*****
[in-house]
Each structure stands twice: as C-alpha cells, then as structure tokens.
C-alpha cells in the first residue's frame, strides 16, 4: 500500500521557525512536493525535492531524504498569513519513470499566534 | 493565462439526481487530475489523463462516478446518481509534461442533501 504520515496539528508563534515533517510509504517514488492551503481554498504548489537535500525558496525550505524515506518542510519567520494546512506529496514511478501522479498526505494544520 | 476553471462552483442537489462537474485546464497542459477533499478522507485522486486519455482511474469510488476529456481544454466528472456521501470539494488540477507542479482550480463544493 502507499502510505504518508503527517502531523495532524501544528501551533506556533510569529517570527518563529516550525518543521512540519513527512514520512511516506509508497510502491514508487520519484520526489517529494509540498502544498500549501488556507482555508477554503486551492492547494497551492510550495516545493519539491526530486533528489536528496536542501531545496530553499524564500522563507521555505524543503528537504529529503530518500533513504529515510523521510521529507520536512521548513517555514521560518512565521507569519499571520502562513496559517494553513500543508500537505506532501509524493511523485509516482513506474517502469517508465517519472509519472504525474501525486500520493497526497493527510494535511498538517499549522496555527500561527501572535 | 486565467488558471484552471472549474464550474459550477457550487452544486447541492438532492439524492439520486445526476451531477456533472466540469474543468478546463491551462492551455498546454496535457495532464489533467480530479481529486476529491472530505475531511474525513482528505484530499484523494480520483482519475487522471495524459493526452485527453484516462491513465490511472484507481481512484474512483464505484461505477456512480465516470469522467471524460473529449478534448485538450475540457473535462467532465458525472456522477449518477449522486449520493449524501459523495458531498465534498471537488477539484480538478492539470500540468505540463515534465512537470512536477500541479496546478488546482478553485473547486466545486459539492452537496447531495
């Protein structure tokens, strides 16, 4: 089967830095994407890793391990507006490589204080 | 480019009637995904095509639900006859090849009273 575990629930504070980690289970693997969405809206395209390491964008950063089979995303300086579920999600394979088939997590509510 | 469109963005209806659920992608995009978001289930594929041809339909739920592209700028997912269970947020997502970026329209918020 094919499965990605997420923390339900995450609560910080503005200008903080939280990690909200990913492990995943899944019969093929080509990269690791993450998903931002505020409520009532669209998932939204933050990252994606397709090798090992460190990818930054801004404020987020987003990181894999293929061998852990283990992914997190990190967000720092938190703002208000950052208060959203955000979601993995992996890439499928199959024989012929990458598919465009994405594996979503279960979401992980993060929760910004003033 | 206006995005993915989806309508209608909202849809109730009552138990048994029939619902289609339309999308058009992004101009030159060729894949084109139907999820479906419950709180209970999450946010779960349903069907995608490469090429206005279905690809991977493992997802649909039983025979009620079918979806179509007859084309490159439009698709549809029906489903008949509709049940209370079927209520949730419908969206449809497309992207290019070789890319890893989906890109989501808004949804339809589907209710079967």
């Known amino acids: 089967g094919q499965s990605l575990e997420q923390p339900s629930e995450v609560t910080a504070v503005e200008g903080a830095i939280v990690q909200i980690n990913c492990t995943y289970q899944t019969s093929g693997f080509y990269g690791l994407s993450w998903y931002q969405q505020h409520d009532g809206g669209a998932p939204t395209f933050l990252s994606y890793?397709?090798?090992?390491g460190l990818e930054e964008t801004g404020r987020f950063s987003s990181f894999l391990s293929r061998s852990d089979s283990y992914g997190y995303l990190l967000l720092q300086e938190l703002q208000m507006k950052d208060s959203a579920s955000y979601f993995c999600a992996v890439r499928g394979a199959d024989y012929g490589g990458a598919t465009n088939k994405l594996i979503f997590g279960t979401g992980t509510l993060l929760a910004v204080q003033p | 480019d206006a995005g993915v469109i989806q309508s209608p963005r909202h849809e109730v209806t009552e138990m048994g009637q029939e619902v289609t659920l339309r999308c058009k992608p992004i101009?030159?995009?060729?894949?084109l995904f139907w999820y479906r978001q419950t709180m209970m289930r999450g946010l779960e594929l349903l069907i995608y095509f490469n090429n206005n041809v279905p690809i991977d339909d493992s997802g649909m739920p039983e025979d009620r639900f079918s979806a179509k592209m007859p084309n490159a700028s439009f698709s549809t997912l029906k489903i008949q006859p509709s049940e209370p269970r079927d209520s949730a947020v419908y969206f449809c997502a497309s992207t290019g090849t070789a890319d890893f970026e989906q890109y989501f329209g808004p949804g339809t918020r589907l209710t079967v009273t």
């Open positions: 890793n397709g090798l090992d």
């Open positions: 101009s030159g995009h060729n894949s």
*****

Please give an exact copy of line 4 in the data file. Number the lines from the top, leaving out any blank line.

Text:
């Protein structure tokens, strides 16, 4: 089967830095994407890793391990507006490589204080 | 480019009637995904095509639900006859090849009273 575990629930504070980690289970693997969405809206395209390491964008950063089979995303300086579920999600394979088939997590509510 | 469109963005209806659920992608995009978001289930594929041809339909739920592209700028997912269970947020997502970026329209918020 094919499965990605997420923390339900995450609560910080503005200008903080939280990690909200990913492990995943899944019969093929080509990269690791993450998903931002505020409520009532669209998932939204933050990252994606397709090798090992460190990818930054801004404020987020987003990181894999293929061998852990283990992914997190990190967000720092938190703002208000950052208060959203955000979601993995992996890439499928199959024989012929990458598919465009994405594996979503279960979401992980993060929760910004003033 | 206006995005993915989806309508209608909202849809109730009552138990048994029939619902289609339309999308058009992004101009030159060729894949084109139907999820479906419950709180209970999450946010779960349903069907995608490469090429206005279905690809991977493992997802649909039983025979009620079918979806179509007859084309490159439009698709549809029906489903008949509709049940209370079927209520949730419908969206449809497309992207290019070789890319890893989906890109989501808004949804339809589907209710079967």